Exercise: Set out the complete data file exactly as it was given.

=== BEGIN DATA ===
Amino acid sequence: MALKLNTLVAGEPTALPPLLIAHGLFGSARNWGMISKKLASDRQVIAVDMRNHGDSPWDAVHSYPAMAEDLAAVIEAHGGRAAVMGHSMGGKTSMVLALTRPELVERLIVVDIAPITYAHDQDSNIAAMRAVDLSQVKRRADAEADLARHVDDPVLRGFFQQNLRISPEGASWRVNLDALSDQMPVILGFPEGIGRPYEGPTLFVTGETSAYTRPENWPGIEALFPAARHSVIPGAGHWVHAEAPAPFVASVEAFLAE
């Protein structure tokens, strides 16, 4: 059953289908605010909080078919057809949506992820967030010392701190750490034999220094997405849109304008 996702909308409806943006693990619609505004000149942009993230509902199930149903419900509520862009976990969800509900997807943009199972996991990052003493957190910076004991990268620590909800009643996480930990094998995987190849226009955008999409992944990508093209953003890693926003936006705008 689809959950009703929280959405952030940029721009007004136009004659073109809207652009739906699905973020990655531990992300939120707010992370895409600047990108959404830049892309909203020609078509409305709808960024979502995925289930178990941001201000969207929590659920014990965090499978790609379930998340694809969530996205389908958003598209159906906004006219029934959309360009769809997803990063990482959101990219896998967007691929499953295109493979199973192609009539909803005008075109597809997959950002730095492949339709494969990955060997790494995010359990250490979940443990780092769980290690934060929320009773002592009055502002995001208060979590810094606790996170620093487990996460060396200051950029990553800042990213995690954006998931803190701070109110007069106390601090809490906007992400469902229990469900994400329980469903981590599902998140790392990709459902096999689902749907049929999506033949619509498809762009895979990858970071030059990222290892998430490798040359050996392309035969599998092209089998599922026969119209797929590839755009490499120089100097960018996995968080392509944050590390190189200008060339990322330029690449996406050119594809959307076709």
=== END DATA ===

Amino acid sequence: MALKLNTLVAGEPTALPPLLIAHGLFGSARNWGMISKKLASDRQVIAVDMRNHGDSPWDAVHSYPAMAEDLAAVIEAHGGRAAVMGHSMGGKTSMVLALTRPELVERLIVVDIAPITYAHDQDSNIAAMRAVDLSQVKRRADAEADLARHVDDPVLRGFFQQNLRISPEGASWRVNLDALSDQMPVILGFPEGIGRPYEGPTLFVTGETSAYTRPENWPGIEALFPAARHSVIPGAGHWVHAEAPAPFVASVEAFLAE
């Protein structure tokens, strides 16, 4: 059953289908605010909080078919057809949506992820967030010392701190750490034999220094997405849109304008 996702909308409806943006693990619609505004000149942009993230509902199930149903419900509520862009976990969800509900997807943009199972996991990052003493957190910076004991990268620590909800009643996480930990094998995987190849226009955008999409992944990508093209953003890693926003936006705008 689809959950009703929280959405952030940029721009007004136009004659073109809207652009739906699905973020990655531990992300939120707010992370895409600047990108959404830049892309909203020609078509409305709808960024979502995925289930178990941001201000969207929590659920014990965090499978790609379930998340694809969530996205389908958003598209159906906004006219029934959309360009769809997803990063990482959101990219896998967007691929499953295109493979199973192609009539909803005008075109597809997959950002730095492949339709494969990955060997790494995010359990250490979940443990780092769980290690934060929320009773002592009055502002995001208060979590810094606790996170620093487990996460060396200051950029990553800042990213995690954006998931803190701070109110007069106390601090809490906007992400469902229990469900994400329980469903981590599902998140790392990709459902096999689902749907049929999506033949619509498809762009895979990858970071030059990222290892998430490798040359050996392309035969599998092209089998599922026969119209797929590839755009490499120089100097960018996995968080392509944050590390190189200008060339990322330029690449996406050119594809959307076709």